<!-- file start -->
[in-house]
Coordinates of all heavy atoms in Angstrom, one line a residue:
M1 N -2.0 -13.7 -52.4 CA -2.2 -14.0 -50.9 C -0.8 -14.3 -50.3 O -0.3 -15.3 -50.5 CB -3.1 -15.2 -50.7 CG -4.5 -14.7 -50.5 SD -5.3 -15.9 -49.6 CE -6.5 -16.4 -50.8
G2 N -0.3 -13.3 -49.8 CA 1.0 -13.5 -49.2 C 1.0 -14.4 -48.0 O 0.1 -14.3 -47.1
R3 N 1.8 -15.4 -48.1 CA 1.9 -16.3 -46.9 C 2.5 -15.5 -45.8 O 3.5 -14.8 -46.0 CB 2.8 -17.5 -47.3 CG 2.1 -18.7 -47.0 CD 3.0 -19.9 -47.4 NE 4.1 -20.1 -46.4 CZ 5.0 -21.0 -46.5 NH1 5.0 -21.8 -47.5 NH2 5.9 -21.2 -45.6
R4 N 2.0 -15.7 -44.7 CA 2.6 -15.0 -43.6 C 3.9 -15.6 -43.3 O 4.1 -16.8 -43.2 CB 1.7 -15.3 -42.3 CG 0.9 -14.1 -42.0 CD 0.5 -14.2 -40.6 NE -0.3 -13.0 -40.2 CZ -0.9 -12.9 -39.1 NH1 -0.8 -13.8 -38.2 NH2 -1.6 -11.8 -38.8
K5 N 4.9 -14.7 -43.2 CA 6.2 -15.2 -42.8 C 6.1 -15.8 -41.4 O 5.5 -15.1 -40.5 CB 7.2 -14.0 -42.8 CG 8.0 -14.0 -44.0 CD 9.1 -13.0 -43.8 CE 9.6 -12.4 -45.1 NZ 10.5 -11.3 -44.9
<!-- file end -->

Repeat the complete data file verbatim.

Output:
[in-house]
Coordinates of all heavy atoms in Angstrom, one line a residue:
M1 N -2.0 -13.7 -52.4 CA -2.2 -14.0 -50.9 C -0.8 -14.3 -50.3 O -0.3 -15.3 -50.5 CB -3.1 -15.2 -50.7 CG -4.5 -14.7 -50.5 SD -5.3 -15.9 -49.6 CE -6.5 -16.4 -50.8
G2 N -0.3 -13.3 -49.8 CA 1.0 -13.5 -49.2 C 1.0 -14.4 -48.0 O 0.1 -14.3 -47.1
R3 N 1.8 -15.4 -48.1 CA 1.9 -16.3 -46.9 C 2.5 -15.5 -45.8 O 3.5 -14.8 -46.0 CB 2.8 -17.5 -47.3 CG 2.1 -18.7 -47.0 CD 3.0 -19.9 -47.4 NE 4.1 -20.1 -46.4 CZ 5.0 -21.0 -46.5 NH1 5.0 -21.8 -47.5 NH2 5.9 -21.2 -45.6
R4 N 2.0 -15.7 -44.7 CA 2.6 -15.0 -43.6 C 3.9 -15.6 -43.3 O 4.1 -16.8 -43.2 CB 1.7 -15.3 -42.3 CG 0.9 -14.1 -42.0 CD 0.5 -14.2 -40.6 NE -0.3 -13.0 -40.2 CZ -0.9 -12.9 -39.1 NH1 -0.8 -13.8 -38.2 NH2 -1.6 -11.8 -38.8
K5 N 4.9 -14.7 -43.2 CA 6.2 -15.2 -42.8 C 6.1 -15.8 -41.4 O 5.5 -15.1 -40.5 CB 7.2 -14.0 -42.8 CG 8.0 -14.0 -44.0 CD 9.1 -13.0 -43.8 CE 9.6 -12.4 -45.1 NZ 10.5 -11.3 -44.9